Au pairs and nannies are celebrating a “historic victory” after the Government announced that the legal loophole that exempted live-in workers from minimum wage laws will be closed.
The Government has agreed to repeal the legal provision that exempts “family workers” from minimum wage protections. This is a historic victory for live-in childcare workers, who have been organising to demand better pay and working conditions since the beginning of the pandemic.
Rules implemented in 1999 outlined a “family worker exemption,” which stated that employees did not need to be paid minimum wage if they lived in their employer’s home and were treated as if they were part of the family.
The Nanny Solidarity Network (NSN) has spearheaded the campaign. The NSN is a grassroots group for mutual aid and collective action. Workers established the network to run a solidarity fund during the first lockdown when many nannies and au pairs lost their income and accommodation and had no access to state support.
When the Low Pay Commission investigated the exemption last year, the NSN provided a platform for nannies and au pairs to directly submit testimonies to the Commission, alongside evidence from Kalayaan, the Voice of Domestic Workers and the Anti Trafficking and Labour Exploitation Unit (ATLEU).
Many weren’t able to share meals with their host family and were given a mattress to sleep on or expected to share a room with the kids. Workers were paid as little as £1/hour.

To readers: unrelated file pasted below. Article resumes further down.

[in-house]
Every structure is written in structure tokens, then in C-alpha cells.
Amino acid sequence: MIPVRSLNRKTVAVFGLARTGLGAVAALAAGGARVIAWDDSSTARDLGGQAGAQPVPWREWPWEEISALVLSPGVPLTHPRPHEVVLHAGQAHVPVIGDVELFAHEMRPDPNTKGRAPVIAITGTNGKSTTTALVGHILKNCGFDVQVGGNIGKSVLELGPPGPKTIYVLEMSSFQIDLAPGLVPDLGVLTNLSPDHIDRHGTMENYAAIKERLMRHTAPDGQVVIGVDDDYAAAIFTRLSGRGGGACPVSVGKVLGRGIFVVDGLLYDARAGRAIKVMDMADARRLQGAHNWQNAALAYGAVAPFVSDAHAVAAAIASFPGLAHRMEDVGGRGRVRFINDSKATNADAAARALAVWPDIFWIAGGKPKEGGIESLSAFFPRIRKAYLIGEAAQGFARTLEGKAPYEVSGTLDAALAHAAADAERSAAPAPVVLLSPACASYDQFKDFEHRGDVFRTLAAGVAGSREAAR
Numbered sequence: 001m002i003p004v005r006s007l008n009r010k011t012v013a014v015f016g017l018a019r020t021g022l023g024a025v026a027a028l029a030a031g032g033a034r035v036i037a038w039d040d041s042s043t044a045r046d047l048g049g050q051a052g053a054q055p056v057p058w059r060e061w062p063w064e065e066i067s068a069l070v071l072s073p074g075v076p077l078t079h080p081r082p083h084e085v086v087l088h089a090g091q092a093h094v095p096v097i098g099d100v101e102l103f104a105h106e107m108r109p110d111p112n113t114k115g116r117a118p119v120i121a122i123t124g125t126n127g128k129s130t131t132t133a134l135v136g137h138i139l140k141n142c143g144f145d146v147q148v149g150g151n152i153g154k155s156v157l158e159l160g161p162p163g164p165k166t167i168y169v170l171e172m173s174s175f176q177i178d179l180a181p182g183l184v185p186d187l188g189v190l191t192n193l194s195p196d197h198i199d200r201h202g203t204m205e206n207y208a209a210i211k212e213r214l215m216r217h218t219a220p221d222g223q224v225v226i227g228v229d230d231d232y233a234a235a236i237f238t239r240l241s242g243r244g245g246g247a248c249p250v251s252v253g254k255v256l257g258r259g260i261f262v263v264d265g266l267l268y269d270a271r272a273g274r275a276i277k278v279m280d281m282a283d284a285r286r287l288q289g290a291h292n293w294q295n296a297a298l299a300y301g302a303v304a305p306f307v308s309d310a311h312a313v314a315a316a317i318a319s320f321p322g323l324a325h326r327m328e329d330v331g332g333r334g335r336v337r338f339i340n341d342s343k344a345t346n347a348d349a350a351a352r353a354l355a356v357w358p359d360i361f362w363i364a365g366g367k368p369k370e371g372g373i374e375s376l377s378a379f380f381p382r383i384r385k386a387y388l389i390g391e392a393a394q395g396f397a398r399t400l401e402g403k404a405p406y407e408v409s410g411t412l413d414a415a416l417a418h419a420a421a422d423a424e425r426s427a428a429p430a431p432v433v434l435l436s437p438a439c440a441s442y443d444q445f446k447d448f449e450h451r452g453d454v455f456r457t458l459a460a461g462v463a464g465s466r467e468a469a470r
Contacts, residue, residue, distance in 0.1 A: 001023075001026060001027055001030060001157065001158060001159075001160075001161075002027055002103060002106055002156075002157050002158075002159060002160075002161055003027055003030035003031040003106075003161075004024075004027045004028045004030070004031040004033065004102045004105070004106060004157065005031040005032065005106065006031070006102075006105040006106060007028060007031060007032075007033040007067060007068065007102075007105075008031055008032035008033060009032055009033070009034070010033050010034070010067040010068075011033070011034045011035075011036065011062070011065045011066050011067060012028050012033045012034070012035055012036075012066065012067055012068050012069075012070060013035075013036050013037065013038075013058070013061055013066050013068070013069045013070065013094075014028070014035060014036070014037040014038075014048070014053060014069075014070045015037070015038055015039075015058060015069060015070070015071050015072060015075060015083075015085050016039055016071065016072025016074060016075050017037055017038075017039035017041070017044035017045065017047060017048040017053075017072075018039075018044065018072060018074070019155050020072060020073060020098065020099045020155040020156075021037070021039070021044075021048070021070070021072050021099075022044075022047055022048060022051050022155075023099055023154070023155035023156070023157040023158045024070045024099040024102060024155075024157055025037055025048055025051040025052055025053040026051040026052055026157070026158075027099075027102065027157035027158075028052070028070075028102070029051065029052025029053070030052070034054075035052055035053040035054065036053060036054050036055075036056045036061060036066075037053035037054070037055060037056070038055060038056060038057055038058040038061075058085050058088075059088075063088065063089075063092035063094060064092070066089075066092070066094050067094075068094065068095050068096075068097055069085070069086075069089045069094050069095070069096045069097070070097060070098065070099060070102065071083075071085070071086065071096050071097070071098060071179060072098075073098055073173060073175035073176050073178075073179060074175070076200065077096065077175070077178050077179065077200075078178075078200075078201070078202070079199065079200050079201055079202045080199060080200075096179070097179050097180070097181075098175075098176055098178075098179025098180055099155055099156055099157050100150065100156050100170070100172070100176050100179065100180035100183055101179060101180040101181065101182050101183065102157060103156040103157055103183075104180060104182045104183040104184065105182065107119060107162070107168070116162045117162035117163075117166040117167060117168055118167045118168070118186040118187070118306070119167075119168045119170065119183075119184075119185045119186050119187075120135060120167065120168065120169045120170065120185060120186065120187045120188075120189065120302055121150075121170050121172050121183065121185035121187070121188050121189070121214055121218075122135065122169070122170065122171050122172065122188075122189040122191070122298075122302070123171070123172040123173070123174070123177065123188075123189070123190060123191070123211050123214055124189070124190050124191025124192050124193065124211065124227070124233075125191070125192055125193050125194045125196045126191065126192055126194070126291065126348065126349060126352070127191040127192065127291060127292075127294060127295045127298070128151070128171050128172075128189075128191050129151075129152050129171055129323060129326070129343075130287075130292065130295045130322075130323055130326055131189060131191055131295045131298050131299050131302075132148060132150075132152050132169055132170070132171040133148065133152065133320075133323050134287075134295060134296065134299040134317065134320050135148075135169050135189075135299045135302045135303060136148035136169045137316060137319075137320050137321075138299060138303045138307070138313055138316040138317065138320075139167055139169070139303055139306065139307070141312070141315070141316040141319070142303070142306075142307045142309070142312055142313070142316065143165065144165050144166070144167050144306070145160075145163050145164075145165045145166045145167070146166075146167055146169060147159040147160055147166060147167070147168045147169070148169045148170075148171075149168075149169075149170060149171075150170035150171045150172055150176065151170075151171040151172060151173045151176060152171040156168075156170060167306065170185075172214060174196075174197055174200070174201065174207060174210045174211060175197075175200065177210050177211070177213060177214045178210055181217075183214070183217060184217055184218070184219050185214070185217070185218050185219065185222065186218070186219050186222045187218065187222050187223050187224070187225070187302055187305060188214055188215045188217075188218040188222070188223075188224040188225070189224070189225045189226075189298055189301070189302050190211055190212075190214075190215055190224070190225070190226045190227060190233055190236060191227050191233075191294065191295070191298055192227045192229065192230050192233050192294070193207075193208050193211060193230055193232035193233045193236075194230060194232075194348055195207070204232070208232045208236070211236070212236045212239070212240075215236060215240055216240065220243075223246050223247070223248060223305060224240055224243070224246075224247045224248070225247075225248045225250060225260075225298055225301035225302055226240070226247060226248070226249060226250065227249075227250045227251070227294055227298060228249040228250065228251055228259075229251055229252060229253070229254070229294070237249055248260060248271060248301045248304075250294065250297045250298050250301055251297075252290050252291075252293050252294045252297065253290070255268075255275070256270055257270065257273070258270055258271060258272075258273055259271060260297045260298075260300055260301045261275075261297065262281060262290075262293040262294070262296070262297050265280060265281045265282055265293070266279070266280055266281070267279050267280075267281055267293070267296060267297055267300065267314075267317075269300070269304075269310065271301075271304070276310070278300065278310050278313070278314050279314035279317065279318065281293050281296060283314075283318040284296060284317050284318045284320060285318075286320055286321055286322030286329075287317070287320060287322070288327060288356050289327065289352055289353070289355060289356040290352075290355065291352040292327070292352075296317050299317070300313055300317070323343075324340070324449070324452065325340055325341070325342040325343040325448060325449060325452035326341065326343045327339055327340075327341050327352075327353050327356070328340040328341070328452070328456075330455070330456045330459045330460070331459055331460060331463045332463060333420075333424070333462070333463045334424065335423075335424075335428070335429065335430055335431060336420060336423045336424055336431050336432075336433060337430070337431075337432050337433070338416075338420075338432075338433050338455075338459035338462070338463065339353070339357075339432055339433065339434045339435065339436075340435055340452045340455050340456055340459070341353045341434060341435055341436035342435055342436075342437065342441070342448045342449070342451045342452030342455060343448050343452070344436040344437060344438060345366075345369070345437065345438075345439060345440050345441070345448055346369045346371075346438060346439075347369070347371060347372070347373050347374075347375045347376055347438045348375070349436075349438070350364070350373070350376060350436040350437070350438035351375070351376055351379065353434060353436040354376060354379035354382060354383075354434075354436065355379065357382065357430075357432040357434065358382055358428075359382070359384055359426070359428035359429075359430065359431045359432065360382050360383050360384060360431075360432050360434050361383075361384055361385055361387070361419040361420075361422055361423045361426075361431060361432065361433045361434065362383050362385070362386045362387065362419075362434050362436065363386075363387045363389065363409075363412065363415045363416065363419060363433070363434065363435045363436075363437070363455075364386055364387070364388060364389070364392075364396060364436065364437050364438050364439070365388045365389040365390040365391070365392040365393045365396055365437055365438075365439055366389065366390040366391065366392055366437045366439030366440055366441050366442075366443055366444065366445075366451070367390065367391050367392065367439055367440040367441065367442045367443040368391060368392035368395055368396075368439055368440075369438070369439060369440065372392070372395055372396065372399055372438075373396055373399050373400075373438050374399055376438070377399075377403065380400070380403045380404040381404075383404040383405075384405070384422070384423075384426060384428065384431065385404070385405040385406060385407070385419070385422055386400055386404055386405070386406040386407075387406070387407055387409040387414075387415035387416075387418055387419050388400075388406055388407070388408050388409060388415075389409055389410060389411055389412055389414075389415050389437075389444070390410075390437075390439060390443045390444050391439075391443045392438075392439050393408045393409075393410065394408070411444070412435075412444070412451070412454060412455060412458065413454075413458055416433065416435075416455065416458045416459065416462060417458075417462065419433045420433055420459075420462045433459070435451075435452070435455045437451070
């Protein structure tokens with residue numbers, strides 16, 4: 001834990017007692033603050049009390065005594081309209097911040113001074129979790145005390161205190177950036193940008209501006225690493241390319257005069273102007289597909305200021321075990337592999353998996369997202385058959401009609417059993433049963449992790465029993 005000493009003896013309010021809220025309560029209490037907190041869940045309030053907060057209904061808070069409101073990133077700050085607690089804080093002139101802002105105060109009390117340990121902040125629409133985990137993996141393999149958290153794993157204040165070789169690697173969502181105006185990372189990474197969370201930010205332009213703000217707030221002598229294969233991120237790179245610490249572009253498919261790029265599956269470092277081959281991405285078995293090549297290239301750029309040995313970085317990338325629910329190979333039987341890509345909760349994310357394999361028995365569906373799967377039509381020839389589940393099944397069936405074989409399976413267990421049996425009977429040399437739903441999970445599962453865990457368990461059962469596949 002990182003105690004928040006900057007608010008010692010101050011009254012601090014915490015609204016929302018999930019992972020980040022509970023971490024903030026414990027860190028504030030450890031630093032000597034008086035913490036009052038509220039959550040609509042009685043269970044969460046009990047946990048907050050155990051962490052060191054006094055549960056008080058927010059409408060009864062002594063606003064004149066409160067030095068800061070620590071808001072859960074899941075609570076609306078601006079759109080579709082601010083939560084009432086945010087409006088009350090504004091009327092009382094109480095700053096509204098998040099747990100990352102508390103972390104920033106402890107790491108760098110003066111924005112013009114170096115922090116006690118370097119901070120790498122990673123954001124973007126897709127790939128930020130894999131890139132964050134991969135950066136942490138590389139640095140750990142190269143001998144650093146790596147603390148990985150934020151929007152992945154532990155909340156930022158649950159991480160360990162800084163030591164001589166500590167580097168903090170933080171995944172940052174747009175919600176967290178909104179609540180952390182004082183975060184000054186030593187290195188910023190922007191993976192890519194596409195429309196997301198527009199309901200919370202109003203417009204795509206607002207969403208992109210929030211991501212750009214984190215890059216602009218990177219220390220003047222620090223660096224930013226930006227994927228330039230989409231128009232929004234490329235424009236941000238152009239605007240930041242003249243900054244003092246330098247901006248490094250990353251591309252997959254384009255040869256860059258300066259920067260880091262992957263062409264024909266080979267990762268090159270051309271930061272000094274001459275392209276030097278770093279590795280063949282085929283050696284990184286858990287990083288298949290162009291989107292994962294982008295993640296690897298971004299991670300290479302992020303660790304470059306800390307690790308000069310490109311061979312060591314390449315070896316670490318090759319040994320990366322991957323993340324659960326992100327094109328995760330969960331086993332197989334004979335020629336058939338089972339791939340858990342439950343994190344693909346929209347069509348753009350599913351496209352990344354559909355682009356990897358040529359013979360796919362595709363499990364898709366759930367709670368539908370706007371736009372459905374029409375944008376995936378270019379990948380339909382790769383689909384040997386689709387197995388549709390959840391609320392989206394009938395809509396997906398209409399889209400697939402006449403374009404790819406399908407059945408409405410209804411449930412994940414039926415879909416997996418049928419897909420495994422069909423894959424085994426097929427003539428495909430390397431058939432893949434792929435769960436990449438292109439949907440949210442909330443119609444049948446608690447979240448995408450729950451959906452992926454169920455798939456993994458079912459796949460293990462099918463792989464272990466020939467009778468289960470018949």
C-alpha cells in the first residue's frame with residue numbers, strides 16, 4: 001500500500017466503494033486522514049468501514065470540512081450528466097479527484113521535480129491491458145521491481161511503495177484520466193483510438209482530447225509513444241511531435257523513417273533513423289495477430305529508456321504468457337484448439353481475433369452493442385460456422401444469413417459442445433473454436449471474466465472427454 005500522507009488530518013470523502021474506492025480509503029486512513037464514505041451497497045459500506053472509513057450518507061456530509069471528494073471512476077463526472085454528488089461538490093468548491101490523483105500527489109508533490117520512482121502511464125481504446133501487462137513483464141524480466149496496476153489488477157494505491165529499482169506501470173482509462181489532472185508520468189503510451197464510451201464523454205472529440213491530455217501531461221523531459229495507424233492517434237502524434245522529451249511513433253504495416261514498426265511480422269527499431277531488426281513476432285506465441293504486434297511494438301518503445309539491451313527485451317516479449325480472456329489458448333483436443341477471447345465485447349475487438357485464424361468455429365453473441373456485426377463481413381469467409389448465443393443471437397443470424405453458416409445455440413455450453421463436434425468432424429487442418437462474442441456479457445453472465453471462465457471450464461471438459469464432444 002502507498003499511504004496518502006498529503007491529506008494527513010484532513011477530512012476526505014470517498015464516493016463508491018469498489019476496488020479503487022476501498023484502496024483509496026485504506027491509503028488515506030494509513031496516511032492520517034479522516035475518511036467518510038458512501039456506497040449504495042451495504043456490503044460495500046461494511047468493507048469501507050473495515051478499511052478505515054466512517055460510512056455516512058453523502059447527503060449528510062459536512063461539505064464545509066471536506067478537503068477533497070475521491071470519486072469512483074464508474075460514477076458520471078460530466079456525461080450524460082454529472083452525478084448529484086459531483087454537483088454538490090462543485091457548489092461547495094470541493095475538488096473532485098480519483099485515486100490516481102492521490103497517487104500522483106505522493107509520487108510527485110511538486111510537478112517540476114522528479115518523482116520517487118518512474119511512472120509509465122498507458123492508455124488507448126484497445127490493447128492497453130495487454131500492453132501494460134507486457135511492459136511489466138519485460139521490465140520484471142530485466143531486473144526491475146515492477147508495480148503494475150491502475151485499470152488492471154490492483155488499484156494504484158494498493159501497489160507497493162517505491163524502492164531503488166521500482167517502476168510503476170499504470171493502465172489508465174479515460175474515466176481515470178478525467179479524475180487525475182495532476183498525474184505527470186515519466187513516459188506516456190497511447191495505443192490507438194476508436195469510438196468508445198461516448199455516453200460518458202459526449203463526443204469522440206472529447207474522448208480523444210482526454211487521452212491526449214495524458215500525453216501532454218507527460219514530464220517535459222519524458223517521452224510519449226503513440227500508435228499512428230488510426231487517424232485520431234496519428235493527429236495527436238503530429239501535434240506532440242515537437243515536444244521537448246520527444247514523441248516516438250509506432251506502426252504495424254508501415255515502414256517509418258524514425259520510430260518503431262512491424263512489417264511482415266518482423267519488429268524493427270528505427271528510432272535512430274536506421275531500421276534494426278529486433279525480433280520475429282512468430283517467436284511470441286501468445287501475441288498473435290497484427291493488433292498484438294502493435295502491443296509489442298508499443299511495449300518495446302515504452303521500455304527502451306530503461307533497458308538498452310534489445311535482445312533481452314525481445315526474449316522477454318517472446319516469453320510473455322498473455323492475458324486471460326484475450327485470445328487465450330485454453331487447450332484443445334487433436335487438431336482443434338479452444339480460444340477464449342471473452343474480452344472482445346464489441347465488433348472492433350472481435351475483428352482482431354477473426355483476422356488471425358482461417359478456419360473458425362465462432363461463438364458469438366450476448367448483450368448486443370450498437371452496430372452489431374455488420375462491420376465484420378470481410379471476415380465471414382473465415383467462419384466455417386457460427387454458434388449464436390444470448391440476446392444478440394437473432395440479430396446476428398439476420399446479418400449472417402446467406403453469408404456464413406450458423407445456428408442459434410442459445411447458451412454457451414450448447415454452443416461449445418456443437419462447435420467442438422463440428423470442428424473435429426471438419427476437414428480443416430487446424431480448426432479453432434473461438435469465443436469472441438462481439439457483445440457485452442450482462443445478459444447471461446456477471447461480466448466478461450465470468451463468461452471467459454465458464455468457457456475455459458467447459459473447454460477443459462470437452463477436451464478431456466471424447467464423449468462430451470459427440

The Low Pay Commission concluded that the exemption provided a loophole for employers to exploit live-in workers and acted as a barrier for these workers when they sought to protect their rights. They recommended that the exemption is not fit for purpose and should be banned.
This week, the Government publicly accepted the Low Pay Commission’s recommendations in full and has agreed to scrap the exemption.
The Network called on the Government to ensure that this reform benefits all workers by removing the ‘illegal working offence’ that criminalises employment for many migrants in the UK, excluding them from protections such as the minimum wage.
Leticia Dias, Nanny and Member solidarity Coordinator at the Nanny Solidarity Network, says:
“They think that because we are migrants we don’t deserve the same basic protections as other workers. They think that because women have always done childcare and cooking and cleaning for free that this is not ‘real work.’ But this decision by the government to listen to our stories and remove the exemption shows that when we come together, we are powerful. We will continue to fight for the protections we deserve.”
Dr. Kate Hardy, Professor in Work and Employment Relations at the University of Leeds and author of Childcare During Covid, says:
“Nannies enable thousands of parents to attend work each day and have seen their work intensify throughout the Covid-19 pandemic, during which many of them were locked down 24 hours a day with their employers. Despite the essential nature of this work, they have been historically ignored and excluded from government regulation. This ruling rightly brings nannies’ employment into public view and finally affords them the protections and basic conditions given to other workers”.